The incoming statistics are getting less bad. I can’t say good yet, but less bad isn't bad either. Factory orders and consumer confidence are both improved and the job loss numbers are less troubling. In August, job losses were milder than expert predictions for the fourth out of the last five months, coming in at 216,000. To me, this is a very important number for both the economy and for real estate. We cannot grow unless we are creating jobs and both residential and commercial real estate are tied closely to people working. All in all, it appears we’ve broken the back of this recession. But what of 2010? Right now, the housing market looks good. Sales and pending have both risen over the past six months. The major question–since we’re still losing jobs–is how many sales have we “borrowed” from the future because of the $8,000 first time buyer tax credit. In the current fiscal situation, and with signs all around us that the recession is abating, with 60 percent of the stimulus package kicking in 2010, and with health care reform absorbing so much public policy bandwidth, it’s probable that the credit will not be renewed when it expires at the end of November. We will then see how much momentum the housing market has on its own. The question for next year will be whether economic recovery will trump the drag of distressed properties. My own call on this is that sales will grow slowly nationwide and prices will still languish, not turning around nationally until the summer.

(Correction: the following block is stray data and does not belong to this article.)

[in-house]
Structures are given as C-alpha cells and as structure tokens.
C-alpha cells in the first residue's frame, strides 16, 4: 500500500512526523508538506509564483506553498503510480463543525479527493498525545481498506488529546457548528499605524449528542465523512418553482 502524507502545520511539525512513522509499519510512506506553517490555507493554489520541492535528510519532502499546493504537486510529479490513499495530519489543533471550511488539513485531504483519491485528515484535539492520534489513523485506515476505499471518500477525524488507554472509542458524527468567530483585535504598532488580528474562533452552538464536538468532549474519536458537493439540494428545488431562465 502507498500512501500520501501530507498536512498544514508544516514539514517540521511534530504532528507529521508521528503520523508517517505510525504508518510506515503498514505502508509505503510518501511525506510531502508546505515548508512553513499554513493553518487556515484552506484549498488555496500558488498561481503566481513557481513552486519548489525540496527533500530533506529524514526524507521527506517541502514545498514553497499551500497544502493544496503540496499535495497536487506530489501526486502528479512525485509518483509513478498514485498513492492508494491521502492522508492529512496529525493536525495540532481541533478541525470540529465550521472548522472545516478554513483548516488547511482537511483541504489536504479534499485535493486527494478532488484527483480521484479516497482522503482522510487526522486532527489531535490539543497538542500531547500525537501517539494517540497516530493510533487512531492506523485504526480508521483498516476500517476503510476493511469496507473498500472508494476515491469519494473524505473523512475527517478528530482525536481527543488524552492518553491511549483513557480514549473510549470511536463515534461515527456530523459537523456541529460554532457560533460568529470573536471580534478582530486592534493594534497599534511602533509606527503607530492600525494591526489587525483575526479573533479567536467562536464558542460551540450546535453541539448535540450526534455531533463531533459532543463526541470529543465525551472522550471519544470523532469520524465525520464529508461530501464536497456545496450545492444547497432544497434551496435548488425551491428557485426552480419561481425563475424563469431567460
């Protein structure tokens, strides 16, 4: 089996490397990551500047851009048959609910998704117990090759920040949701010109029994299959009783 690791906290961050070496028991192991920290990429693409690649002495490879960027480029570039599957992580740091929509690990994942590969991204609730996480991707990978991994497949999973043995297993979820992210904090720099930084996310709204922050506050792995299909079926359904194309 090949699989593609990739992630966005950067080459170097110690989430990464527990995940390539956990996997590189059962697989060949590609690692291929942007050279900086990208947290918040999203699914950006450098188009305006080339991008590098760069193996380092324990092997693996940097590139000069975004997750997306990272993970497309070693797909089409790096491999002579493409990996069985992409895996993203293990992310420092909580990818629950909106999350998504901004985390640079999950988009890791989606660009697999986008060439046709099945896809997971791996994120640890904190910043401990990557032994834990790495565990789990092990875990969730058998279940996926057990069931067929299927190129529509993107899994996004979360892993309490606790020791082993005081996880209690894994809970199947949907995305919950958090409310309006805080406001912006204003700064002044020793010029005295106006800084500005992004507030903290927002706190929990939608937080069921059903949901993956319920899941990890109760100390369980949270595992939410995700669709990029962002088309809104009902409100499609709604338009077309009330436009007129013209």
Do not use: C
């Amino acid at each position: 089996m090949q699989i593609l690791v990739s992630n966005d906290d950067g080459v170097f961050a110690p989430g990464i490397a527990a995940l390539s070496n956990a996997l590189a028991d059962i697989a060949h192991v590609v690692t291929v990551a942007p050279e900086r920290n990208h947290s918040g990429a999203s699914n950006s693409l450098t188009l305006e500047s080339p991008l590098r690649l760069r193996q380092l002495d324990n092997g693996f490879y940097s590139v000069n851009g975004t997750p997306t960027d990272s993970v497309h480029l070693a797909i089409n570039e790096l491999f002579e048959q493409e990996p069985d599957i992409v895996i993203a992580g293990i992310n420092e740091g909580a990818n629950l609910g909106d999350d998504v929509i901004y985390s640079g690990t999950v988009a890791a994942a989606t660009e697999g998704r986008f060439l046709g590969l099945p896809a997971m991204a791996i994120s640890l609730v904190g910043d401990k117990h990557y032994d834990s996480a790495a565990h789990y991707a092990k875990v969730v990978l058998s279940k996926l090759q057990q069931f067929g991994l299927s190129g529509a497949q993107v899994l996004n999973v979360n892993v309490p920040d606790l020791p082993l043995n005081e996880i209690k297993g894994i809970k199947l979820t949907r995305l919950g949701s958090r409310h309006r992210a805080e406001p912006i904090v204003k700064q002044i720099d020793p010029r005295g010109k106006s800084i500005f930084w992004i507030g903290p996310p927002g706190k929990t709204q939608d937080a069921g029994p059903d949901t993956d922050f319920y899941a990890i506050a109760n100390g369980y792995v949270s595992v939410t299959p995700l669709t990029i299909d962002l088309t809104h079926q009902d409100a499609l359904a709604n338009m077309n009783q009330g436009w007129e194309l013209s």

Ryan S. Lowe